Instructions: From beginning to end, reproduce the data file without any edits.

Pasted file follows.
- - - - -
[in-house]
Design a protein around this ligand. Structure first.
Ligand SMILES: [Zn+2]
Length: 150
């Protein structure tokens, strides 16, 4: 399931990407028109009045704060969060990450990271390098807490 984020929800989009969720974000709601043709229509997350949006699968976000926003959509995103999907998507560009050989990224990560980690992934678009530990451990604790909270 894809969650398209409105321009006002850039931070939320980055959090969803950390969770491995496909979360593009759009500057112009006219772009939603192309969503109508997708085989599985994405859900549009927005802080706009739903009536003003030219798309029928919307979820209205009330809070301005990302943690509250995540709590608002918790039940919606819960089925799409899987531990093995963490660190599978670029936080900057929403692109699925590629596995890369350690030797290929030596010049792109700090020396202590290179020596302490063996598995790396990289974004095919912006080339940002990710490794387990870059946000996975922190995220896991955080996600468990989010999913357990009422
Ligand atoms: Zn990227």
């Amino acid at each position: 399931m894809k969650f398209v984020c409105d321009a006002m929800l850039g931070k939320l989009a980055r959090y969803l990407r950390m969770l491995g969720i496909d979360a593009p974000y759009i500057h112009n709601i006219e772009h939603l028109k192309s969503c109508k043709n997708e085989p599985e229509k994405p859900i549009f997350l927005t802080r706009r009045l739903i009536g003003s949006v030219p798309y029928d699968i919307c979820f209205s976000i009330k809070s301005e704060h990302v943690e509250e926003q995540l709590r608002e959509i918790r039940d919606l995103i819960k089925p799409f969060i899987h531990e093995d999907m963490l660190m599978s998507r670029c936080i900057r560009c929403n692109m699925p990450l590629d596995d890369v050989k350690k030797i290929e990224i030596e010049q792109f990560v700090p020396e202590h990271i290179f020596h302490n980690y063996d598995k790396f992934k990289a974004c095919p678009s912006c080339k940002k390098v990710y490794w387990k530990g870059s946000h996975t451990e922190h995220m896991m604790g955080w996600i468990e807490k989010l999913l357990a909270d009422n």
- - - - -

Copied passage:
[in-house]
Design a protein around this ligand. Structure first.
Ligand SMILES: [Zn+2]
Length: 150
């Protein structure tokens, strides 16, 4: 399931990407028109009045704060969060990450990271390098807490 984020929800989009969720974000709601043709229509997350949006699968976000926003959509995103999907998507560009050989990224990560980690992934678009530990451990604790909270 894809969650398209409105321009006002850039931070939320980055959090969803950390969770491995496909979360593009759009500057112009006219772009939603192309969503109508997708085989599985994405859900549009927005802080706009739903009536003003030219798309029928919307979820209205009330809070301005990302943690509250995540709590608002918790039940919606819960089925799409899987531990093995963490660190599978670029936080900057929403692109699925590629596995890369350690030797290929030596010049792109700090020396202590290179020596302490063996598995790396990289974004095919912006080339940002990710490794387990870059946000996975922190995220896991955080996600468990989010999913357990009422
Ligand atoms: Zn990227």
């Amino acid at each position: 399931m894809k969650f398209v984020c409105d321009a006002m929800l850039g931070k939320l989009a980055r959090y969803l990407r950390m969770l491995g969720i496909d979360a593009p974000y759009i500057h112009n709601i006219e772009h939603l028109k192309s969503c109508k043709n997708e085989p599985e229509k994405p859900i549009f997350l927005t802080r706009r009045l739903i009536g003003s949006v030219p798309y029928d699968i919307c979820f209205s976000i009330k809070s301005e704060h990302v943690e509250e926003q995540l709590r608002e959509i918790r039940d919606l995103i819960k089925p799409f969060i899987h531990e093995d999907m963490l660190m599978s998507r670029c936080i900057r560009c929403n692109m699925p990450l590629d596995d890369v050989k350690k030797i290929e990224i030596e010049q792109f990560v700090p020396e202590h990271i290179f020596h302490n980690y063996d598995k790396f992934k990289a974004c095919p678009s912006c080339k940002k390098v990710y490794w387990k530990g870059s946000h996975t451990e922190h995220m896991m604790g955080w996600i468990e807490k989010l999913l357990a909270d009422n």